properties were optimized on one calibration year (2007/08) using pressure head, water content and lysimeter outflow data, and then tested on the whole 2004/2010 period. Lysimeter outflow and water content dynamics in the soil profile were correctly described for the whole period (model efficiency coefficient: 0.99) after some correction of LAI estimates for wheat (2005/06) and barley (2006/07). Using laboratory-measured degradation rates and assuming degradation only in the liquid phase caused large overestimation of simulated isoproturon losses in lysimeter outflow. A proper order of magnitude of isoproturon losses was obtained after considering that degradation occurred in solid (sorbed) phase at a rate 75% of that in liquid phase. Isoproturon concentrations were found to be highly sensitive to degradation rates. Neither the laboratory-measured isoproturon fate parameters nor the independently-derived soil hydraulic parameters could describe the actual multiannual field dynamics of water and isoproturon without calibration. However, once calibrated on a limited period of time (9 months), HYDRUS-2D was able to simulate the whole 6-year time series with good accuracy.

  3. Modeling the effect of soil structure on water flow and isoproturon dynamics in an agricultural field receiving repeated urban waste compost application.

    PubMed

    Filipović, Vilim; Coquet, Yves; Pot, Valérie; Houot, Sabine; Benoit, Pierre

    2014-11-15

    properties were optimized on one calibration year (2007/08) using pressure head, water content and lysimeter outflow data, and then tested on the whole 2004/2010 period. Lysimeter outflow and water content dynamics in the soil profile were correctly described for the whole period (model efficiency coefficient: 0.99) after some correction of LAI estimates for wheat (2005/06) and barley (2006/07). Using laboratory-measured degradation rates and assuming degradation only in the liquid phase caused large overestimation of simulated isoproturon losses in lysimeter outflow. A proper order of magnitude of isoproturon losses was obtained after considering that degradation occurred in solid (sorbed) phase at a rate 75% of that in liquid phase. Isoproturon concentrations were found to be highly sensitive to degradation rates. Neither the laboratory-measured isoproturon fate parameters nor the independently-derived soil hydraulic parameters could describe the actual multiannual field dynamics of water and isoproturon without calibration. However, once calibrated on a limited period of time (9 months), HYDRUS-2D was able to simulate the whole 6-year time series with good accuracy. PMID:24958010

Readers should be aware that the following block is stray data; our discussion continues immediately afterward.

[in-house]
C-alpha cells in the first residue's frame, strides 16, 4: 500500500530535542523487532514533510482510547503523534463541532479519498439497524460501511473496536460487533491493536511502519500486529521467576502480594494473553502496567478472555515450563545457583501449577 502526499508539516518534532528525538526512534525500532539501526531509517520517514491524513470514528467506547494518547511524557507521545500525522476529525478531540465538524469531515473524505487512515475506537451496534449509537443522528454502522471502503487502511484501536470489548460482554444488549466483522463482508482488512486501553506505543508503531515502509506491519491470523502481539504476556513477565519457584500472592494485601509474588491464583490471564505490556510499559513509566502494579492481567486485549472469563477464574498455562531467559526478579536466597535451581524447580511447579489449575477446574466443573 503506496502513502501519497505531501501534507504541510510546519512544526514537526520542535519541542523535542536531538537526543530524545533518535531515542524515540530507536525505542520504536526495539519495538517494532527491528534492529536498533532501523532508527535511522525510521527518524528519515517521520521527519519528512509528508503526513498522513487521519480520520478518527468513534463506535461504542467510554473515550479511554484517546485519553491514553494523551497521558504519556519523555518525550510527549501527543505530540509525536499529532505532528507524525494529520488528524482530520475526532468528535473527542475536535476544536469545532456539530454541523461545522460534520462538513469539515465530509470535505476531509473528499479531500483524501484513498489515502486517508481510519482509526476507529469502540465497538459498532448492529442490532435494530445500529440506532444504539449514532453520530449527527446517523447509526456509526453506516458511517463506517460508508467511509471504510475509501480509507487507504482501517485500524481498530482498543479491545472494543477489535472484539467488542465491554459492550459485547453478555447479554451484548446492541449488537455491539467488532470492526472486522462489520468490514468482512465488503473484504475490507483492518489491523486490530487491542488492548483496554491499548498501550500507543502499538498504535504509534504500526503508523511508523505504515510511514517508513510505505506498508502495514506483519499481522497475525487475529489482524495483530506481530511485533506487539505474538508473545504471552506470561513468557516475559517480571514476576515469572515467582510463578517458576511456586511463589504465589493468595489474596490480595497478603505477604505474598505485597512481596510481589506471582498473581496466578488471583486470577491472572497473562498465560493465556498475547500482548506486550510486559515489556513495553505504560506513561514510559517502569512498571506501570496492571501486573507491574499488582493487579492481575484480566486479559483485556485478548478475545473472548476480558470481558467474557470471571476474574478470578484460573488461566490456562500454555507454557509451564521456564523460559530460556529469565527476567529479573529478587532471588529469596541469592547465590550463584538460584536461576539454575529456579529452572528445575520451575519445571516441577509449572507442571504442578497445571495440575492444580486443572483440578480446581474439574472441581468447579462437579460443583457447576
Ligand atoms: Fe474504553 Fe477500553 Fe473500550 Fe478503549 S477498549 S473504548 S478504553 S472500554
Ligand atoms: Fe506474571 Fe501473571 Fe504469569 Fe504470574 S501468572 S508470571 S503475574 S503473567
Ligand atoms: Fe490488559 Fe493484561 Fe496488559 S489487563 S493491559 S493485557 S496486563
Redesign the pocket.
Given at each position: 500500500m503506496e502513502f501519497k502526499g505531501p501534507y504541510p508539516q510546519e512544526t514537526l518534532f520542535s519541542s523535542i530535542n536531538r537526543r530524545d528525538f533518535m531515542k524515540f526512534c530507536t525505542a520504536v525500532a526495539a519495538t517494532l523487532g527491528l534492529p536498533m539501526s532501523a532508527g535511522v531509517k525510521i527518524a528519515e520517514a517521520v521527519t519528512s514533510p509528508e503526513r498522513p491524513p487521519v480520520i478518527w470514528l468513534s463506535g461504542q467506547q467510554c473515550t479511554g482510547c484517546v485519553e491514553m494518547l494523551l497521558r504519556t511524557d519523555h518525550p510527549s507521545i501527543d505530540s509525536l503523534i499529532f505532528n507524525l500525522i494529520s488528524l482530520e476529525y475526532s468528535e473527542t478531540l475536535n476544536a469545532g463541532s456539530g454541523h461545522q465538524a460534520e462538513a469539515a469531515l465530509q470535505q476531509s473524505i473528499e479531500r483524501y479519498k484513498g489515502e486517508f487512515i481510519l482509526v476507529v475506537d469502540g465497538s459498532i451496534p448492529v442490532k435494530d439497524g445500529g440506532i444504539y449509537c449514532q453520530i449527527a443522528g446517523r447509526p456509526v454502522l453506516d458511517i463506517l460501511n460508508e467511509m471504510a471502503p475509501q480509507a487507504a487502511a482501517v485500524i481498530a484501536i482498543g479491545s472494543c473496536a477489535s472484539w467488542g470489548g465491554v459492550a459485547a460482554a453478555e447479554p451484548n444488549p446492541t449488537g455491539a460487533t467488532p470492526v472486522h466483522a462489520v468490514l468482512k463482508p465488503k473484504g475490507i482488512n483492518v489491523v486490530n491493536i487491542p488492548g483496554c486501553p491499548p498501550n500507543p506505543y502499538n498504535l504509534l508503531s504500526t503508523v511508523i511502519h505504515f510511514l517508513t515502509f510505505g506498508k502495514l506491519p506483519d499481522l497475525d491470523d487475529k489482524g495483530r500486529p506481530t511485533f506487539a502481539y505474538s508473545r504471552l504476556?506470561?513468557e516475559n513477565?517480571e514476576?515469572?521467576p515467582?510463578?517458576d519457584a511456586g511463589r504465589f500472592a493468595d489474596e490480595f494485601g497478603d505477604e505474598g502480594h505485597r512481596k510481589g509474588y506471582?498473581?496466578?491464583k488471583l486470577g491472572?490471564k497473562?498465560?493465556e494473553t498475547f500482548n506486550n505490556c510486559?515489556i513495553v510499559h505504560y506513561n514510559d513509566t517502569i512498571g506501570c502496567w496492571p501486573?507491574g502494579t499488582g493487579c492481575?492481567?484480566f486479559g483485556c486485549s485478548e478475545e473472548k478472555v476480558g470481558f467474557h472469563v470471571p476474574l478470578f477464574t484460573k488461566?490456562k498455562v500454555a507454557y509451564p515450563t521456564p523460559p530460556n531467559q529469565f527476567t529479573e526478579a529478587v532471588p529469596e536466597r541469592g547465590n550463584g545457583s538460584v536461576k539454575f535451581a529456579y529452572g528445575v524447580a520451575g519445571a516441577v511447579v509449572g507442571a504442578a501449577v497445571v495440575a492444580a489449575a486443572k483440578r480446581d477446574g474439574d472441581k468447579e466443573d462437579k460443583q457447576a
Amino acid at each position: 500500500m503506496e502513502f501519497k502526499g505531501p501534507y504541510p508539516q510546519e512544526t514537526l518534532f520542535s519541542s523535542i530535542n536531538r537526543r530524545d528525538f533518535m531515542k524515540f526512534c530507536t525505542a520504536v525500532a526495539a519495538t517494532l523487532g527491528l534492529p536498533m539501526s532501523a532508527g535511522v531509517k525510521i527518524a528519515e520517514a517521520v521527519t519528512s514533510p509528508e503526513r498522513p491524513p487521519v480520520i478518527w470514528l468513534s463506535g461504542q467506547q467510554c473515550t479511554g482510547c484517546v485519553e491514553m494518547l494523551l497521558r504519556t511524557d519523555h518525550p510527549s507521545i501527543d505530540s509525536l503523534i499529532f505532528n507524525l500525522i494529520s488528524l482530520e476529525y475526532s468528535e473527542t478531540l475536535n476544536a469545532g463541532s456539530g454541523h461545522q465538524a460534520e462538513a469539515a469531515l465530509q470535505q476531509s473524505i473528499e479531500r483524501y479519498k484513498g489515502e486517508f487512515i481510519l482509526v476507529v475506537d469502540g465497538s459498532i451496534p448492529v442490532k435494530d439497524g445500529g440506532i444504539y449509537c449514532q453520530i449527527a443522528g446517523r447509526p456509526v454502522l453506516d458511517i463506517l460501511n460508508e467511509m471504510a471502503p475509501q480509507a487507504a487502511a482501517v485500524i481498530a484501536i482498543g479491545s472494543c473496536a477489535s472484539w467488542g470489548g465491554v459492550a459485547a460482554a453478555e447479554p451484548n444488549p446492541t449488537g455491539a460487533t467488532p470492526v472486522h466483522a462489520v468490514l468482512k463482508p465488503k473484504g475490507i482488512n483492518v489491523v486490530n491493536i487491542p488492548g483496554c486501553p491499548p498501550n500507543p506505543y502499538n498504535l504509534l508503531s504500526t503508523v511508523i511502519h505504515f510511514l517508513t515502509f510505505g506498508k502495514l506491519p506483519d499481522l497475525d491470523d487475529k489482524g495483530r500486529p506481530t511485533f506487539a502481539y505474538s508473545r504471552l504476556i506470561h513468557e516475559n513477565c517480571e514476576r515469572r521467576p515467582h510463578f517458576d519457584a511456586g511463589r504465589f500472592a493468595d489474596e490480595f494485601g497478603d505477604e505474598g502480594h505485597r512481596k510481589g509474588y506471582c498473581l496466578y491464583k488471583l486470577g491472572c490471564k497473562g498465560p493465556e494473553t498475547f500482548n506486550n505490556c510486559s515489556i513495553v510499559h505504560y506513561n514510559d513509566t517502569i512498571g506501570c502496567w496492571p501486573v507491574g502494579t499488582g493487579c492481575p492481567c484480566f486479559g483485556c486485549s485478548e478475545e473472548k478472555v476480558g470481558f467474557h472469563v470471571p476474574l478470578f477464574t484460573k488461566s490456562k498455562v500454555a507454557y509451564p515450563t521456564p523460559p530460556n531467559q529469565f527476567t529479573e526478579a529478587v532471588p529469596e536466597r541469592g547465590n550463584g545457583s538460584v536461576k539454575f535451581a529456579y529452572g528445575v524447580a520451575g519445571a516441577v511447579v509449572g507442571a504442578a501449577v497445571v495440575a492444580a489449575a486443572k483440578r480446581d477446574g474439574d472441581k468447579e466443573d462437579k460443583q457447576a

4. Changes of Soil-Water-Plants relationships at abandoned field hillslopes along a pluviometric gradient in the South of Spain.

    NASA Astrophysics Data System (ADS)

    Ruiz Sinoga, J. D.; Martinez Murillo, J. F.

    2009-04-01

    . Final results shows the direct dependence of the soil water content from the rainfall events, as it is usual in Mediterranean. The presence of a period of drought (2004-06) during the monitoring let us to observe the incidence of reduction in the rainfall volumes. 2002-03 and 2003-04 years registered normal volumes of rainfalls and the soil water content followed the climatic gradient of the region: a decrease with the reduction of the rainfalls. Oppositely, during 2004-05 and 2005-06 years, the drought period, it was observed a significant reduction of soil water content for all hillslopes along the pluviometric gradient, although the effects were more evident at the hillslope in transition between sub-humid and semi-arid conditions. The lack of water into the soil caused the reduction of water available for vegetation. This led to a change in the vegetation pattern under different climatic conditions: a decrease in vegetal cover, the number of plants, and herbaceous growth; and an increase in the bare soil exposed to raindrop impacts and runoff. Hence, decreases in soil moisture content causes changes in the vegetal cover that could reduce the organic matter supply making soil aggregates more unstable with reduced soil permeability and water supply for vegetation, enhancing a positive feedback process of degradation. The observed changes related to increasing aridity during the drought period will lead the hillslopes eco-geomorphological system towards a more unstable equilibrium and special attention must be given to areas between sub-humid and semi-arid conditions because they could be used as sensitive indicators of the ecogeomorphological system responses in the Climate Change context.